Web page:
The History of THE Mr. Chair by Designer George Mulhauser
As far back as the early 1950s, furniture manufacturers have been marketing the concept of chairs for him and her, or 'Mr.' and 'Mrs.' chairs, based on the rather dated stereotype of men having larger and different proportions from their female counterparts.
"...usually accompanied by an ottoman - and this just might cause an argument. The wise thing to do would be to buy two of them and be on the safe side."
The Mr. Chair
Reading the article above, it all seems pretty funny now, but one eye-catching chair design became The 'Mr. Chair'. The designer was George Mulhauser, who was fresh from working with George Nelson at Herman Miller where he designed the famous 'Coconut Chair':
Designer George Mulhauser had also been involved with the design development of Paul McCobb's faceted fiberglass designs through Directional:
The Debut of Mr. Chair
The Mr. Chair first debuted at the International Home Furnishings Market in Chicago in January of 1960.
Source: Detroit Free Press Jan. 5th, 1960, p.12
It was at this stage described as being designed for and produced by B. G. Mesberg, who had started Directional Industries with Paul McCobb in 1950.
Source: Galesburg Register-Mail (Galesburg, Illinois) Jan 5th, 1960, p.6
George Mulhauser also designed a slimline folding chair for Mesberg, as featured in Arts & Architecture Magazine in March 1960:
Mr. Chair by Plycraft
Plycraft was initially known for making boats in the early 1950s (hence the name 'Plycraft'). They were also briefly subcontracted by Herman Miller to manufacture the George Nelson Office's Pretzel Chair attributed to John Pile in walnut ply. This arrangement only lasted from 1957 to 1958, after which the agreement was terminated with only 100 chairs ultimately produced, according to the George Nelson Foundation website.
According to furniture historian Jonathan Jay Goldstein, B. G. Mesberg brought George Mulhauser together with Plycraft. At the time, Plycraft was eager to break into furniture in their own right, utilizing their own technology. They became the bent ply manufacturer for Directional with Mulhauser designing a whole line for Plycraft around 1959. It appears that the Mr. Chair was their first truly mass-produced (and successful) piece of furniture.
Plycraft was first mentioned as the producer of the Mr. Chair below:
Source: Redlands Daily Facts, October 1st, 1960, p.7
The chair also appears a month later in the advert below. This ad includes other known Plycraft designs by Norman Cherner (side chair and armchair), although Plycraft is not explicitly mentioned in the text.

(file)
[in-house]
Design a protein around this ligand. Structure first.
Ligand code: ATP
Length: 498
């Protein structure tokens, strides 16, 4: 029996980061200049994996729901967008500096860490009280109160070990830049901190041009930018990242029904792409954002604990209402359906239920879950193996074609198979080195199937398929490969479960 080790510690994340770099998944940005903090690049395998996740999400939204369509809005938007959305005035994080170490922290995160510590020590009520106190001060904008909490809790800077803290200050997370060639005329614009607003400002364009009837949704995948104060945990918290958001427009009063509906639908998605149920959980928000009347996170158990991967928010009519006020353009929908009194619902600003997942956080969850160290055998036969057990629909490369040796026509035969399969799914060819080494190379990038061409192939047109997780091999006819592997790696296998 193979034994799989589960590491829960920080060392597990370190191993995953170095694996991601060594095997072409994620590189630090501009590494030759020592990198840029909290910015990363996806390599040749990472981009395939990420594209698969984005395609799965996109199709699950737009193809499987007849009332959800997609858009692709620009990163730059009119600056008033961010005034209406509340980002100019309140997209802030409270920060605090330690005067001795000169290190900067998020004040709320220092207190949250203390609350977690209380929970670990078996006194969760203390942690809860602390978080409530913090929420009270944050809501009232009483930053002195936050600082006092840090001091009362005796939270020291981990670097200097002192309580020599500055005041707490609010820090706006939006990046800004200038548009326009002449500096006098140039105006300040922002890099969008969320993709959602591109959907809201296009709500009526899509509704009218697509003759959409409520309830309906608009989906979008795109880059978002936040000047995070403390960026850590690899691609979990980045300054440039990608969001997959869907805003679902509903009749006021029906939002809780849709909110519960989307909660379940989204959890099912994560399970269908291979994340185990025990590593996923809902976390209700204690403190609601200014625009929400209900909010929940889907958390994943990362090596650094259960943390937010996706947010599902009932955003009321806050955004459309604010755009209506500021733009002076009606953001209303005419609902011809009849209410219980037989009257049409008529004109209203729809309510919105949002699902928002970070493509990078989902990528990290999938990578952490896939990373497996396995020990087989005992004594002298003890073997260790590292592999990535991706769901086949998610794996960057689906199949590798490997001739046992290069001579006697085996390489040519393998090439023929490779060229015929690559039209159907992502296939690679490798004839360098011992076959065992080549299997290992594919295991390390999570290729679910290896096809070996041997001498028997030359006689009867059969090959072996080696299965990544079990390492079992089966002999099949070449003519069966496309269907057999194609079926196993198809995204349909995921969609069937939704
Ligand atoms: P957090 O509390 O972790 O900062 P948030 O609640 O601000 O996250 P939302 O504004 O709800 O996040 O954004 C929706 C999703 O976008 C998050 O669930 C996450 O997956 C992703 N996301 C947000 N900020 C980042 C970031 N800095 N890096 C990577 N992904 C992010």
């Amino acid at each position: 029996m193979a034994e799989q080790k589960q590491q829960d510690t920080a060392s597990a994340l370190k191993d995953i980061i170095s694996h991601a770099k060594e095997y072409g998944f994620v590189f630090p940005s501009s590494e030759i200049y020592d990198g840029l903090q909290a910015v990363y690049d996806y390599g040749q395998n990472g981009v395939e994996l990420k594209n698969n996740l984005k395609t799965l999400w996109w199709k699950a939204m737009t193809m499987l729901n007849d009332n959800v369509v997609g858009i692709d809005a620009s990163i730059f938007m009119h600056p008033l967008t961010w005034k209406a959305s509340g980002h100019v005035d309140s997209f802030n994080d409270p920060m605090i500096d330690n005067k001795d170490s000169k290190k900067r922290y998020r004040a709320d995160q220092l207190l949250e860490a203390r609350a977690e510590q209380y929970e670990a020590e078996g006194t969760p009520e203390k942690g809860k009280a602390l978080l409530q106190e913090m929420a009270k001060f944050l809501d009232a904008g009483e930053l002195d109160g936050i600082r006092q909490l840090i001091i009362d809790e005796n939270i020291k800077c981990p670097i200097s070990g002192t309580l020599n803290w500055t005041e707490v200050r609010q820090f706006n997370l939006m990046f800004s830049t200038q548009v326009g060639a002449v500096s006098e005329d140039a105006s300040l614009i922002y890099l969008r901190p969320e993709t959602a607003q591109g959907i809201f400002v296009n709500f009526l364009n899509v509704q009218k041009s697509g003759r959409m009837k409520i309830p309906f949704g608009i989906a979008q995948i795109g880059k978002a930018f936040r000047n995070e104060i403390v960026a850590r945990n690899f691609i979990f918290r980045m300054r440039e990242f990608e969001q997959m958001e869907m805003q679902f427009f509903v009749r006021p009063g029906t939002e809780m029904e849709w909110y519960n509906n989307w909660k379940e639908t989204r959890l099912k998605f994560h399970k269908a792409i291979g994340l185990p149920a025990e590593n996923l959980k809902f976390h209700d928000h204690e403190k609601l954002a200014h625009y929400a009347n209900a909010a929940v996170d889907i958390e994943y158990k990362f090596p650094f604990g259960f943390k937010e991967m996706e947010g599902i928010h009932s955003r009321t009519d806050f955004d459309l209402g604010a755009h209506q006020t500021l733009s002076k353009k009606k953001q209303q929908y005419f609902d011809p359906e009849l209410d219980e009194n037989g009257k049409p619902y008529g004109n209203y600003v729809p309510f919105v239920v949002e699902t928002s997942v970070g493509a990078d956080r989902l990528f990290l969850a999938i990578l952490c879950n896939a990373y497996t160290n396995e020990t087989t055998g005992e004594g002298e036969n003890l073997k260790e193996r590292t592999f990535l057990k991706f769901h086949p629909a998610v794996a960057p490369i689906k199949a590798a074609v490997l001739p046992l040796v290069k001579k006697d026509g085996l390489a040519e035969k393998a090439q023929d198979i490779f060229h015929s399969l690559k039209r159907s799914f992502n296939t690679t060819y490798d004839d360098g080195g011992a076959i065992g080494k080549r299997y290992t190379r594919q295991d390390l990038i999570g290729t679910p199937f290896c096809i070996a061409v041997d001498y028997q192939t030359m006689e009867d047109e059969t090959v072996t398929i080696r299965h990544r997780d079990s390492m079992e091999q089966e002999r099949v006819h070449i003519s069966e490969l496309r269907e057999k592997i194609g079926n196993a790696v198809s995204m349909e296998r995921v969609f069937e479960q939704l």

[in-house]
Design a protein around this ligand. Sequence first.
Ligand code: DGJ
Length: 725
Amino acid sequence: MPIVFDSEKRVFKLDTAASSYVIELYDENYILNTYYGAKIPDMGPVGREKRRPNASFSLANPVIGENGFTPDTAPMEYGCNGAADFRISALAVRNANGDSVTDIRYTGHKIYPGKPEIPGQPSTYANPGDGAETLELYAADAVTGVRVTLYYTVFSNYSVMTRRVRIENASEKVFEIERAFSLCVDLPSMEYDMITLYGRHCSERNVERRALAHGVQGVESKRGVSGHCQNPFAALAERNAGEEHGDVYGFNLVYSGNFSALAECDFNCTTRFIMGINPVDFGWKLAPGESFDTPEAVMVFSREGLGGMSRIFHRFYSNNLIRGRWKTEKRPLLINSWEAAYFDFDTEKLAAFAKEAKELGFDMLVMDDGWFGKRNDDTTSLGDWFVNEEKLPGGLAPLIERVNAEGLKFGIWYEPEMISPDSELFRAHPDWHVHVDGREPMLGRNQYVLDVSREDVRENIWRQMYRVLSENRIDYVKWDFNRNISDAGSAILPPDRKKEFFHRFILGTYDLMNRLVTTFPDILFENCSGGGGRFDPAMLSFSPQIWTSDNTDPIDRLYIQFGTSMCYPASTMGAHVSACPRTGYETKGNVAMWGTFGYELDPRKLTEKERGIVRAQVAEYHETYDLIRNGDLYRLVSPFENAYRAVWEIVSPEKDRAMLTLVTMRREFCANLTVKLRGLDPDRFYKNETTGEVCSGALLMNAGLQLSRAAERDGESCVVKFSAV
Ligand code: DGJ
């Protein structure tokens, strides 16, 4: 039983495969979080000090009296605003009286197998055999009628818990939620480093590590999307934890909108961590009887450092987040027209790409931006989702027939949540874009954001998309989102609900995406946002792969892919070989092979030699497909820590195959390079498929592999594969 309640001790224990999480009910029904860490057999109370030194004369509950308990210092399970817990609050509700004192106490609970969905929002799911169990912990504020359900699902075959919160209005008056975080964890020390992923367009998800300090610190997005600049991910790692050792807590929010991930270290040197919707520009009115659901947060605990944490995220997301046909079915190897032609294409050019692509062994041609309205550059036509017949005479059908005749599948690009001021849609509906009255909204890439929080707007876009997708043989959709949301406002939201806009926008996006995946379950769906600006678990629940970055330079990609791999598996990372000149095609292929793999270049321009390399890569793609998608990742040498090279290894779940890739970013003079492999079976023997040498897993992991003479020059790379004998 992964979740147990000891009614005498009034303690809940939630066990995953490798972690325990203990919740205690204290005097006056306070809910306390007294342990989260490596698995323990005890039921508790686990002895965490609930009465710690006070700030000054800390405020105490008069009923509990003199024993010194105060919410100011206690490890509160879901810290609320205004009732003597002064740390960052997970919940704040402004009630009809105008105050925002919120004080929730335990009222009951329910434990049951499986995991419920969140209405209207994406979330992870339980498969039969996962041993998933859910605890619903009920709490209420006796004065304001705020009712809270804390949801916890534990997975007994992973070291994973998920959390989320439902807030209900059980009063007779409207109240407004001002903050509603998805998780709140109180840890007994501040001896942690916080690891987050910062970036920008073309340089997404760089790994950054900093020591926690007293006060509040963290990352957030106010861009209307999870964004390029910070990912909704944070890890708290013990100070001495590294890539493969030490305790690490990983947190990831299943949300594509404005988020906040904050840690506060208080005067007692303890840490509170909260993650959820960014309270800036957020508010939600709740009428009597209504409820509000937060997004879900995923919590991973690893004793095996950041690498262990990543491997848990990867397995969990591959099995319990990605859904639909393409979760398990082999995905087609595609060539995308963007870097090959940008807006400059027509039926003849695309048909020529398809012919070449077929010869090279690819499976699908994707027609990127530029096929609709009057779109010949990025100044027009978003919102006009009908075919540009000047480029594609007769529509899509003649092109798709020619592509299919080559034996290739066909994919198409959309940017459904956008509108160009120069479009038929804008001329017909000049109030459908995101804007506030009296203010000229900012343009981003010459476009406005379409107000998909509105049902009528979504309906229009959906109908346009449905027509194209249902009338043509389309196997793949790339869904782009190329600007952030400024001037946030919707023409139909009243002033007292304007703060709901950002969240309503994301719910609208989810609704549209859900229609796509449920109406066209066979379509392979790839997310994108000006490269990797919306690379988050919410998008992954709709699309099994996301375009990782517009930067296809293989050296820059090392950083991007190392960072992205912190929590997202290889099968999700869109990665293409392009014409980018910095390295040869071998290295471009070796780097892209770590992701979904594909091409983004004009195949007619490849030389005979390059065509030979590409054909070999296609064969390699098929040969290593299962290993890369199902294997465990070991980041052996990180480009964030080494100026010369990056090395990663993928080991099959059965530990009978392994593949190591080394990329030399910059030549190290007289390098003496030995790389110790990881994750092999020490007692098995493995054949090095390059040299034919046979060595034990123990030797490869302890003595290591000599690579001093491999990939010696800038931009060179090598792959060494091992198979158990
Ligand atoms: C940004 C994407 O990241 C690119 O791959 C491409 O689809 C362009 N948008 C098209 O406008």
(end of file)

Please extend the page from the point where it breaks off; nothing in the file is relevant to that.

Source: Independent Press-Telegram Nov. 20th, 1960, p.72
Mr. Chair II: Version 2.0
Mulhauser changed both the bases the following year (1961):
Source: Arizona Daily Star (Tucson, Arizona) Oct 29th, 1961, p.30
The new design was christened 'Mr. Chair II' and was clearly manufactured by Plycraft Inc.
Source: Democrat and Chronicle (Rochester, New York) Jan. 7th, 1961, p.17
1961 also provides the first mention of the "Mrs." version of the Plycraft chair:
Source: Pittsburgh Post-Gazette (Pittsburgh, Pennsylvania) Aug. 6th, 1961, p.30
Source: The Philadelphia Inquirer (Philadelphia, Pennsylvania) Feb 2nd, 1962, p.13
Mulhauser went on to leverage the modular qualities of the base and added tabletops. In this way, he created tables specifically designed to fit the Plycraft range of chairs designed by Norman Cherner.
Later in 1962, a version with an adjustable headrest (movable cushion) and the chrome-plated base was produced. For this version of the chair, the base was also changed to a six-pointed star-shaped base.
Source: Independent Press-Telegram (Long Beach, California) April 22nd, 1962, p.59
NOT a Plycraft or Mr. Chair:
This variation often appears attributed to Mulhauser and Plycraft but it is neither and is actually made by Murphy Miller.
While the Mr. Chair line was undeniably Plycraft's most successful chair, many other designs by Mulhauser made it onto the showroom floor. Several of these showcased his fondness for experimenting with large bent plywood forms while others showcased a more delicate application, such as in Mulhauser's curlicue form 'Fancy Free' collection around 1966:
Source: The Baltimore Sun (Baltimore, Maryland) Aug. 11th, 1966
Mulhauser's experimentation with plywood continued, as you can see in the furniture advertisement below.
George Mulhauser passed away in 2002 at the age of 80, leaving behind a legacy of incredible design. You can find a touching tribute to his work and life on his son's website HERE.
Source: New York Times, Jan. 10th, 1967